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The story behind the title of ‘The Picayune Sentinel’

The title “Picayune Sentinel” is a nod to my late grandfather, Max A. Zorn, who for many years in the pre-Internet era distributed a mimeographed newsletter titled “The Piccayune Sentinel” to his colleagues in academia and interested friends and family. (“Change of subject” was his all-purpose segue).

The spelling error in the title was in all probability one of the many in-jokes that peppered the one-page publication, some couched in foreign languages and many of them so obscure that only my grandfather understood them.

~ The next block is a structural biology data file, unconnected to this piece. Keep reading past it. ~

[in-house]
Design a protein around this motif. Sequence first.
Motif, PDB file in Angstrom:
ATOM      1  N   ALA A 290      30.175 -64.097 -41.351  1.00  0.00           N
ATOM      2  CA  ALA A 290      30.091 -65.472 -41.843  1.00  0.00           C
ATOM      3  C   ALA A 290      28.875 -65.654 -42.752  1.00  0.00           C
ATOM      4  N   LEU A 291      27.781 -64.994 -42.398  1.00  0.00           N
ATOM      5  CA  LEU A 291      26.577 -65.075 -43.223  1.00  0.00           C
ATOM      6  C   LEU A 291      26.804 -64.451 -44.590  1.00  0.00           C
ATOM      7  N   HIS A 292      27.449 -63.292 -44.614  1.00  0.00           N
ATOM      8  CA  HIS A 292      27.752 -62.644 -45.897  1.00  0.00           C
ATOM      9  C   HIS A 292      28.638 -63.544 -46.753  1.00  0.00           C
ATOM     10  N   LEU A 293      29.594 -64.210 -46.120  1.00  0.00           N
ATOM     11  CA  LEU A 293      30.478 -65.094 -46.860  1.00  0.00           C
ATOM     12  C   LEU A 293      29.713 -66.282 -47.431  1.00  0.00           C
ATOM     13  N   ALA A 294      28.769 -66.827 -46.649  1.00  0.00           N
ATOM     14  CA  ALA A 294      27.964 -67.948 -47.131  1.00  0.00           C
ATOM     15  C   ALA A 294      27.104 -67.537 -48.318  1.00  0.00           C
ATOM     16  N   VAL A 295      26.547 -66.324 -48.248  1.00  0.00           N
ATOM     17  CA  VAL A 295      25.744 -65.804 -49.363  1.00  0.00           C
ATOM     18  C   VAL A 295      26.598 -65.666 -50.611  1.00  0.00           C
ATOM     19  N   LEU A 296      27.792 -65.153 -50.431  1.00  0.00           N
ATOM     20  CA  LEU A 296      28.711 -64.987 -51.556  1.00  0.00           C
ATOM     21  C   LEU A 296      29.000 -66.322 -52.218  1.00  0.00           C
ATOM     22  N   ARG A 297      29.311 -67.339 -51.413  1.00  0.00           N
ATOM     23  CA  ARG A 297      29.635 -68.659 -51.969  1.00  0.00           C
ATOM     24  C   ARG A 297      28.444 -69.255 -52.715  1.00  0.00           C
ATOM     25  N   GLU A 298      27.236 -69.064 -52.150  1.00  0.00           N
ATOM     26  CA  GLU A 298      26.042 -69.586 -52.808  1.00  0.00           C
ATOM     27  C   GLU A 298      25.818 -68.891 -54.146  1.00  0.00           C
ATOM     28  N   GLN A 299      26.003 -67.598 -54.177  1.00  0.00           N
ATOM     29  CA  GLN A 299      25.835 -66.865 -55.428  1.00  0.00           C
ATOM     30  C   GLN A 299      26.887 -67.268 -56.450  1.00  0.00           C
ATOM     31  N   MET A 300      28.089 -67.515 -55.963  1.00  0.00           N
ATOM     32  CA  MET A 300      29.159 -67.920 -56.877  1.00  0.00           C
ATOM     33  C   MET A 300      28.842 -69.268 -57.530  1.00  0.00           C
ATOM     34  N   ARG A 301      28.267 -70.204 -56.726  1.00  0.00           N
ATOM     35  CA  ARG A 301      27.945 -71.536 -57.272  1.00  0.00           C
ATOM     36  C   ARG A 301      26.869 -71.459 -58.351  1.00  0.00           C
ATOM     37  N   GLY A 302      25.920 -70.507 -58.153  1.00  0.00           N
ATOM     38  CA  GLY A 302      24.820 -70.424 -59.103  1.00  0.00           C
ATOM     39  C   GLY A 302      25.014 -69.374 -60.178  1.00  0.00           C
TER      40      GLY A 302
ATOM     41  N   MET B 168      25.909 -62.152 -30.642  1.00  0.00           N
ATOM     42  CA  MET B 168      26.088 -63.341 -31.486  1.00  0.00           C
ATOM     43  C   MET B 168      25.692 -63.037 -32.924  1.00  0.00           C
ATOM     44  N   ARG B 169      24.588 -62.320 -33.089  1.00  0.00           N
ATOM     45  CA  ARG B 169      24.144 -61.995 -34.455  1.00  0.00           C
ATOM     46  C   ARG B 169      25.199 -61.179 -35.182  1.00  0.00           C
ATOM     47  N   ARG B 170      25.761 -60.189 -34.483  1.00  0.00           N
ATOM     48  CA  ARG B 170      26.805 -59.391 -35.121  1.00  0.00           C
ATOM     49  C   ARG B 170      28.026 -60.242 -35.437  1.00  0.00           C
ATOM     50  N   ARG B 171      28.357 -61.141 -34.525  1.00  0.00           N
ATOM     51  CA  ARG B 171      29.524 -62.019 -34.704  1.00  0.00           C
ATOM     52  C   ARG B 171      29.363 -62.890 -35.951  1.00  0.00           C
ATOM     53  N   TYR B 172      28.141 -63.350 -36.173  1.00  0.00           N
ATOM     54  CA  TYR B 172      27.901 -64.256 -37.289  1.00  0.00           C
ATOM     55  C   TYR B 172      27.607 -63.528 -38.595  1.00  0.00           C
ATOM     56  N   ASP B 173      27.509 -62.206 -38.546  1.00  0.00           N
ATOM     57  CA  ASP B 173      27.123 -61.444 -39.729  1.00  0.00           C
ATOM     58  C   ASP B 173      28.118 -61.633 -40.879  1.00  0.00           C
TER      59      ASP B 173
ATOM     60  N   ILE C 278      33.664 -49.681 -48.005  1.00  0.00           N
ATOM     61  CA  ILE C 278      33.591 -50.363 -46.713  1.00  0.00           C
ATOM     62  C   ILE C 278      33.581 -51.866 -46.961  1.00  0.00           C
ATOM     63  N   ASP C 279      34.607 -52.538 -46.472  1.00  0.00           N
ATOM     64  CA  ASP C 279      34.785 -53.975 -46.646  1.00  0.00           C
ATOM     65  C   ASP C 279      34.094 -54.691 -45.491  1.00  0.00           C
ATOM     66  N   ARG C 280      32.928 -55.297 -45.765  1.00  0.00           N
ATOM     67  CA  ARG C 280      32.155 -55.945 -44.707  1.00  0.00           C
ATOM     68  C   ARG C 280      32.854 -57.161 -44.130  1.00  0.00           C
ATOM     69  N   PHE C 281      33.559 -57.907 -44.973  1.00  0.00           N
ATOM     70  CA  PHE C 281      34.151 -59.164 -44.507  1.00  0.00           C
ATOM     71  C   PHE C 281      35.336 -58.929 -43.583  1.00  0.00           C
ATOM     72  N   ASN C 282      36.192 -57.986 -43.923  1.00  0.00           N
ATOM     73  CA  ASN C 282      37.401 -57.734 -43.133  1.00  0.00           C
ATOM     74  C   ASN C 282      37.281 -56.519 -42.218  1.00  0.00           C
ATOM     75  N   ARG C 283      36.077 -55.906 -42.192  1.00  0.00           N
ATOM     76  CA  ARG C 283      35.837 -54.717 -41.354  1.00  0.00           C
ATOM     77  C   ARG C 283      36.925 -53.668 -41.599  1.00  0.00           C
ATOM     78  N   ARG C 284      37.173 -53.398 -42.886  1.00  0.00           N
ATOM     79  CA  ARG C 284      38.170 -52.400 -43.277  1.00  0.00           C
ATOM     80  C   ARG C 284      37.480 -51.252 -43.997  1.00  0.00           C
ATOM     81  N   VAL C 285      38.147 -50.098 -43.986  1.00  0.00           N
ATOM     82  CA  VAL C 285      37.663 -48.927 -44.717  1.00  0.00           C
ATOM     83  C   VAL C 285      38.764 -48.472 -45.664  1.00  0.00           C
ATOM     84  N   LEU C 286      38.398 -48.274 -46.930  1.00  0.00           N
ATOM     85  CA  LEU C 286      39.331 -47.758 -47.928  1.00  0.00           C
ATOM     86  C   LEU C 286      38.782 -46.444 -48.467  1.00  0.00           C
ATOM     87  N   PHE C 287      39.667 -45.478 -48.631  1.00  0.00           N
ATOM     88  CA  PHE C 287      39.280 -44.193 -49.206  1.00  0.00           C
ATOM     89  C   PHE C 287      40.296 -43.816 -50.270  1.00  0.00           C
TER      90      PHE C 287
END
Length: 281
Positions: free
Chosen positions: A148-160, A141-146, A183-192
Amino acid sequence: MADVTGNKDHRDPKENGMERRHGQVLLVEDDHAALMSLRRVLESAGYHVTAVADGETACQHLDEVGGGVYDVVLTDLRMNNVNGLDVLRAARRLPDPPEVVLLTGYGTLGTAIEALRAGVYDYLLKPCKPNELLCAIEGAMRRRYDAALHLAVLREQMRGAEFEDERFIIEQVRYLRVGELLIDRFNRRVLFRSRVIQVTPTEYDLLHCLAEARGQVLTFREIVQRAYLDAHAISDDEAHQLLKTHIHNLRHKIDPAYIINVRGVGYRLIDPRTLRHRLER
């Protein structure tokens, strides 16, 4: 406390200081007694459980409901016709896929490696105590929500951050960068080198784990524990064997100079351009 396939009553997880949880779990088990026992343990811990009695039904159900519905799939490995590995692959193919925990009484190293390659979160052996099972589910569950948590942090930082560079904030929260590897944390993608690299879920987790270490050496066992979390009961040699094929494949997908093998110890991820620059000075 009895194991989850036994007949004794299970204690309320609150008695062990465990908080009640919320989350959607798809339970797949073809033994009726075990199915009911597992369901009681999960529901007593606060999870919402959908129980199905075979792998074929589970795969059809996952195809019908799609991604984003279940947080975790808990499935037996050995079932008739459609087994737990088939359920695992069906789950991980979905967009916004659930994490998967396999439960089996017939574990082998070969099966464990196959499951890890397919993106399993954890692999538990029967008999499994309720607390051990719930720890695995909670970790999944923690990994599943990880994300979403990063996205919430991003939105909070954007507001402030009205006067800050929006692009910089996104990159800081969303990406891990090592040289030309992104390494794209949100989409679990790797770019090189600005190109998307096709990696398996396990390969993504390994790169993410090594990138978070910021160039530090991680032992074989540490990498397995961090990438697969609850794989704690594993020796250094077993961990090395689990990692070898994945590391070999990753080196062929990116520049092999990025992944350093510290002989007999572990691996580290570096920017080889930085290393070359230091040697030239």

His tagline, as you see, was “Beautiful Thoughts Beautifully Expressed” but the following representative passage does not persuasively make that case:

If you do not know how an inner function which is singular at an isolation point comma behaves, you better disregard what follows. (It tends to zero faster than any Hardy-Lebesgue f tends to infinity).

My aim is to make this revival more accessible and less eccentric, while maintaining the spirit of friendly communication.

Max was born on 6-6-06 and died on 3-3-93, a set of number divisible by 3 that seems mathematically interesting. His great-grandson, Alex, who went on to get a PhD in math, was born on 12-24; his other great-grandchildren were born on 6-12 and his grandaughter-in-law was born on 12-6.